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Documenting the quest to track down everything written by (and written about) the poet, translator, critic, and radio dramatist, Henry Reed.

An obsessive, armchair attempt to assemble a comprehensive bibliography, not just for the work of a poet, but for his entire life.

Read "Naming of Parts."

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Henry Reed, ca. 1960


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I Capture the Castle: A girl and her family struggle to make ends meet in an old English castle.
Dusty Answer: Young, privileged, earnest Judith falls in love with the family next door.
The Heat of the Day: In wartime London, a woman finds herself caught between two men.


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Posts from May 2019

Reeding Lessons: the Henry Reed research blog

20.9.2019


Penguin Quotes

One of my favorite pieces on Henry Reed is this 1971 retrospective from the Guardian, "The Reeve's Tale," by the music critic Christopher Ford. It was a promotional piece written for the publication of Reed's two collections of radio plays, The Streets of Pompeii and Other Plays for Radio, and Hilda Tablet and Others: Four Pieces for Radio (London: British Broadcasting Corporation). From this article we also get not one (Manchester edition), but two photographs of Reed, (London edition, shown here) taken by Peter Johns (previously).

Henry Reed

In the article's closing paragraph, Reed says, "I saw the Penguin Dictionary of Modern Quotations in a shop. I remember thinking 'I've got 150 sleeping tablets at home, and if I'm not in that I'll take some of them with a large Pepsi-Cola'."

Ford reports that Reed's quotes take up "more than three columns, the entries mostly coming from the Tablet plays."

Book cover

It's difficult to express what an achievement this amount of textblock is, appearing in this small Penguin paperback: Reed gets more than a page and a half of space devoted to his poems and plays. He actually appears on the same page with the poet and critic he is famously often confused with, Herbert Read. Read gets only one quote (and surprise! It's not "To a Conscript of 1940"):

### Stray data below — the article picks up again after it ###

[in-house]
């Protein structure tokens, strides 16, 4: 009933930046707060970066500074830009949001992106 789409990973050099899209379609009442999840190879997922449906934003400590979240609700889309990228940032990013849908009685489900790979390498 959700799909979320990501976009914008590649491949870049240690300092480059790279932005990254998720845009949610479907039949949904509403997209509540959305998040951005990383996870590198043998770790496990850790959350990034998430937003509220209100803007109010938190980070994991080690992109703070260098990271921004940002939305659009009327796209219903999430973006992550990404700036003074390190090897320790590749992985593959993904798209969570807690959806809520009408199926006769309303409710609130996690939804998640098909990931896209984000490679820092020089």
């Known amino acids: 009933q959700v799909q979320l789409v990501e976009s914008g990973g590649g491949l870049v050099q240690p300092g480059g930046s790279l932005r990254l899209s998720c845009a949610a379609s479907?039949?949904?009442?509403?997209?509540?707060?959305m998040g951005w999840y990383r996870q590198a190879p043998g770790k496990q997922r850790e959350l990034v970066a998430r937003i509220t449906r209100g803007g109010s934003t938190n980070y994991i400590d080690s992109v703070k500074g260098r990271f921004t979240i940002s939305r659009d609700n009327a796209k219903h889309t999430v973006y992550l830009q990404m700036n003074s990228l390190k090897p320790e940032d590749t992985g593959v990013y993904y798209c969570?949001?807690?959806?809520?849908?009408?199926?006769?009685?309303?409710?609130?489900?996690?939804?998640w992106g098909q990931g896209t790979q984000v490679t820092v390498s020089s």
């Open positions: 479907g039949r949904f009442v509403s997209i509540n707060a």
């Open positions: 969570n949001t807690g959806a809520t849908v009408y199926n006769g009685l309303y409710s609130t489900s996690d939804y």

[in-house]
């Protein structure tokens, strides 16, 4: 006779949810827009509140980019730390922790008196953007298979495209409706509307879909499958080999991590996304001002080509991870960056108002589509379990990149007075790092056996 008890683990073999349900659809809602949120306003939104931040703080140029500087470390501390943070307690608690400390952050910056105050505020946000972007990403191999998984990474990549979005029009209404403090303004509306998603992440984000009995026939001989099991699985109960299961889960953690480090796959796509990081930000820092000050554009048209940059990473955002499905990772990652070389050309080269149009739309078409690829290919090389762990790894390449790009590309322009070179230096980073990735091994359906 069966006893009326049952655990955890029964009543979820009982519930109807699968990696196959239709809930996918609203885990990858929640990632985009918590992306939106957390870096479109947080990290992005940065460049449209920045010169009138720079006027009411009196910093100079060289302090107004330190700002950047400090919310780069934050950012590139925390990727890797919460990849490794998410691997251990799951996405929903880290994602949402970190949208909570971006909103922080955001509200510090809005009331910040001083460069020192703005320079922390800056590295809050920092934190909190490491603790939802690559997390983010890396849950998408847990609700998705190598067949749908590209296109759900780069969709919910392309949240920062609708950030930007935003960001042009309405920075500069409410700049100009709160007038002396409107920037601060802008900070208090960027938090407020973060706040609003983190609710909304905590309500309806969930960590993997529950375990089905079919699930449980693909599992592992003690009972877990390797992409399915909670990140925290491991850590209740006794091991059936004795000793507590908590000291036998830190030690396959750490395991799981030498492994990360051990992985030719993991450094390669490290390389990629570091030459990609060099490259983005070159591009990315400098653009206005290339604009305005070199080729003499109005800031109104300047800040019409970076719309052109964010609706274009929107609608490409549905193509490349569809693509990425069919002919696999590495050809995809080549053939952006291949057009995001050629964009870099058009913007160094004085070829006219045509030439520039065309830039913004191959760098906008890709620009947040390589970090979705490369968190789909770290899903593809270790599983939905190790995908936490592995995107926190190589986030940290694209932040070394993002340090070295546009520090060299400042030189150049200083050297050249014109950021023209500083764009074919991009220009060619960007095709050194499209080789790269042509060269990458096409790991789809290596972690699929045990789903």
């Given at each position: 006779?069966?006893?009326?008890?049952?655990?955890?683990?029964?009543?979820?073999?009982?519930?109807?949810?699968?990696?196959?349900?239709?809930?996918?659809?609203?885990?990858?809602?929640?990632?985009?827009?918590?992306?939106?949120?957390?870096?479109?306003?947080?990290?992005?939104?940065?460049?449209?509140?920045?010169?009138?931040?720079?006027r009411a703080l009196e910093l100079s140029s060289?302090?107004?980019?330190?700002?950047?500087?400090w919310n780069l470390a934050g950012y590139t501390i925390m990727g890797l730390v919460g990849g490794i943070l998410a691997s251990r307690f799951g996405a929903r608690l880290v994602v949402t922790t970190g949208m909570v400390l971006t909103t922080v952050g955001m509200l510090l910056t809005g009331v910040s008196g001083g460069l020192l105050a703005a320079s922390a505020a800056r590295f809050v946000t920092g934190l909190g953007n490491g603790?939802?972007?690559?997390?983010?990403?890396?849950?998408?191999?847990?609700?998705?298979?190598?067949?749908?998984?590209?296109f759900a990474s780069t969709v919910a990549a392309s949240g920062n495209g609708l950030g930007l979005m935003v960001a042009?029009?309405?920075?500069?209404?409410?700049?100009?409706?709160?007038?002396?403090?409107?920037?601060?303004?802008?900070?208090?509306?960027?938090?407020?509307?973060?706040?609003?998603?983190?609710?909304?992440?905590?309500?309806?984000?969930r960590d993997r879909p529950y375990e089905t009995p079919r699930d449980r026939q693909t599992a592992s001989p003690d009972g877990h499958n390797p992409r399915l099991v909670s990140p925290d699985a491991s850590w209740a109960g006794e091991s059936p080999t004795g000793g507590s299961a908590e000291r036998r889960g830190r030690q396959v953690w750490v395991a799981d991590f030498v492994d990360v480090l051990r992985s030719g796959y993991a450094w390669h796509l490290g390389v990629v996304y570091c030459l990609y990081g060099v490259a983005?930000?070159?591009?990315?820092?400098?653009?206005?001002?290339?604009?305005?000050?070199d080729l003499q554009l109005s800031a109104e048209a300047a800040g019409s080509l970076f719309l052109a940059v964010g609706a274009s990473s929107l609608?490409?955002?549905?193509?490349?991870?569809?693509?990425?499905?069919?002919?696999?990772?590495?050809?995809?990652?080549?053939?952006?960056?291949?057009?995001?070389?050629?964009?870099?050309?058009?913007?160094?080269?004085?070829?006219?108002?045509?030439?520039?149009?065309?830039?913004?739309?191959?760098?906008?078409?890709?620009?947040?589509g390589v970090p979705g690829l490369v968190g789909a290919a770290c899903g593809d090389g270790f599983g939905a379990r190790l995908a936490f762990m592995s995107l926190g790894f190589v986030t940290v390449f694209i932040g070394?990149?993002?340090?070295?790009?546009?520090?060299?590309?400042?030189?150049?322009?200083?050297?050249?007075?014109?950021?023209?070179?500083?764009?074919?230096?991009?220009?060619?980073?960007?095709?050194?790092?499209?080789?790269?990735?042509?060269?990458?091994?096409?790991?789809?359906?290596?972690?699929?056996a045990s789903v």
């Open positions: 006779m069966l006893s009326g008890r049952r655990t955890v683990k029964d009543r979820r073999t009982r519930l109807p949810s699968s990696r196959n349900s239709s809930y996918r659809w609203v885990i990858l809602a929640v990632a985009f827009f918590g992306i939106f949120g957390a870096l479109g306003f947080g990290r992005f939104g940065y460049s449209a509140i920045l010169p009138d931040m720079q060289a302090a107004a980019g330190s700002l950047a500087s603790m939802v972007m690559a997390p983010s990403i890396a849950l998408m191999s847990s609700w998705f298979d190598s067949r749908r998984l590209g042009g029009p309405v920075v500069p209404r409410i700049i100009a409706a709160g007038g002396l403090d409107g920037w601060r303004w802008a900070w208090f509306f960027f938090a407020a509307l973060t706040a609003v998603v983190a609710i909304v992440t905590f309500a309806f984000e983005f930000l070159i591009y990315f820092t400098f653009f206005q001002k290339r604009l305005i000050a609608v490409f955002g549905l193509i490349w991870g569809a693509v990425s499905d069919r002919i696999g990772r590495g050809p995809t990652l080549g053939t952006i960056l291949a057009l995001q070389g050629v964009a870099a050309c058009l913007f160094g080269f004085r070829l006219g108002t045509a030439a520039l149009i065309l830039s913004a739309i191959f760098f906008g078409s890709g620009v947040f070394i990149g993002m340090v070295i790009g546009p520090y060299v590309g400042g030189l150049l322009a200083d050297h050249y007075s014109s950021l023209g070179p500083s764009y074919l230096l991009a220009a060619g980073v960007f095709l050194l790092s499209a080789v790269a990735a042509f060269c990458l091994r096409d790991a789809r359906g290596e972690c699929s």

Page 188

Looking to Reed's peers, we find that even W.H. Auden receives only two columns; T.S. Eliot gets two and a half; Louis MacNeice gets one column: half a page. Stephen Spender, barely half a column. Stevie Smith gets five quotes. C. Day Lewis? Four. George Orwell gets three, three and a half columns? A little more. W. Somerset Maugham gets three columns. I mean, Evelyn Waugh rates three columns. This is what I'm saying.

I think the superabundance of Henry Reed in this curious volume is owed to two things: firstly, the entire Hilda Tablet sequence was replayed on the new BBC Radio 3 between December, 1968 and January 1970. ("Altogether, they totalled seven. The number is sometimes given as nine; but people exaggerate.") These repeats were in tribute to the incomparable radio actress Mary O'Farrell, who had died on February 10, 1968. Reed hosted (and Douglas Cleverdon produced) a program of recollections and recordings for O'Farrell in January, 1969. Dame Hilda died with O'Farrell, and a planned eighth installment for the radio was abandoned.

Secondly, this largess must be credited (or blamed) on the editors, J.M. Cohen and his son, M.J. Cohen. I suspect the elder Cohen knew Reed's work not just from the radio, but from earlier anthologies for Penguin: The Penguin Book of Comic and Curious Verse (1952), More Comic and Curious Verse (1956), and Yet More Comic and Curious Verse (1959).

I'll use the Cohens' book to expand my rather meager "Henry Reed quotes" page.

«  Quotations Plays  0  »


1529. Sackville-West, Vita. "Seething Brain." Observer (London), 5 May 1946, 3.
Sackville-West speaks admirably of Reed's poetry, and was personally 'taken with the poem called "Lives," which seemed to express so admirably Mr. Reed's sense of the elusiveness as well as the continuity of life.'



1st lesson:

Reed, Henry (1914-1986). Born: Birmingham, England, 22 February 1914; died: London, 8 December 1986.

Education: MA, University of Birmingham, 1936. Served: RAOC, 1941-42; Foreign Office, Bletchley Park, 1942-1945. Freelance writer: BBC Features Department, 1945-1980.

Author of: A Map of Verona: Poems (1946)
The Novel Since 1939 (1946)
Moby Dick: A Play for Radio from Herman Melville's Novel (1947)
Lessons of the War (1970)
Hilda Tablet and Others: Four Pieces for Radio (1971)
The Streets of Pompeii and Other Plays for Radio (1971)
Collected Poems (1991, 2007)
The Auction Sale (2006)


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